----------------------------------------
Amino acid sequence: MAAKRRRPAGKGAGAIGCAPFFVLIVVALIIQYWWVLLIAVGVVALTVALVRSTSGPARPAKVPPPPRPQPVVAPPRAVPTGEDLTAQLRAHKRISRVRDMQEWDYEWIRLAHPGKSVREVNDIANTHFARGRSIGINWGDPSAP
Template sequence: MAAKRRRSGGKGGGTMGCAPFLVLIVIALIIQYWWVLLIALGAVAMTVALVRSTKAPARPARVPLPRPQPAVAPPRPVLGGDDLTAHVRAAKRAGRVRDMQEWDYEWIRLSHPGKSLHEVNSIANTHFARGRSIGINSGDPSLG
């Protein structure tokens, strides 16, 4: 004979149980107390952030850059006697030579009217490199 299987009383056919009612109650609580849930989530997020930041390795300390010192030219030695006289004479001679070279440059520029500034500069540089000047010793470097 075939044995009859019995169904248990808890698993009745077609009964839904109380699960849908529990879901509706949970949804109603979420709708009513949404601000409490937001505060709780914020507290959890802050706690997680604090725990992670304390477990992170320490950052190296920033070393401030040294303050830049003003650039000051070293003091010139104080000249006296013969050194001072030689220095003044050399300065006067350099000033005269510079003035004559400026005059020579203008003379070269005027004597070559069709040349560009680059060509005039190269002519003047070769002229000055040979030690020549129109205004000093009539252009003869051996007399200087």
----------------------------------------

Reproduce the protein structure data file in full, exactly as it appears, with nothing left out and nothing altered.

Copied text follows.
Amino acid sequence: MAAKRRRPAGKGAGAIGCAPFFVLIVVALIIQYWWVLLIAVGVVALTVALVRSTSGPARPAKVPPPPRPQPVVAPPRAVPTGEDLTAQLRAHKRISRVRDMQEWDYEWIRLAHPGKSVREVNDIANTHFARGRSIGINWGDPSAP
Template sequence: MAAKRRRSGGKGGGTMGCAPFLVLIVIALIIQYWWVLLIALGAVAMTVALVRSTKAPARPARVPLPRPQPAVAPPRPVLGGDDLTAHVRAAKRAGRVRDMQEWDYEWIRLSHPGKSLHEVNSIANTHFARGRSIGINSGDPSLG
């Protein structure tokens, strides 16, 4: 004979149980107390952030850059006697030579009217490199 299987009383056919009612109650609580849930989530997020930041390795300390010192030219030695006289004479001679070279440059520029500034500069540089000047010793470097 075939044995009859019995169904248990808890698993009745077609009964839904109380699960849908529990879901509706949970949804109603979420709708009513949404601000409490937001505060709780914020507290959890802050706690997680604090725990992670304390477990992170320490950052190296920033070393401030040294303050830049003003650039000051070293003091010139104080000249006296013969050194001072030689220095003044050399300065006067350099000033005269510079003035004559400026005059020579203008003379070269005027004597070559069709040349560009680059060509005039190269002519003047070769002229000055040979030690020549129109205004000093009539252009003869051996007399200087």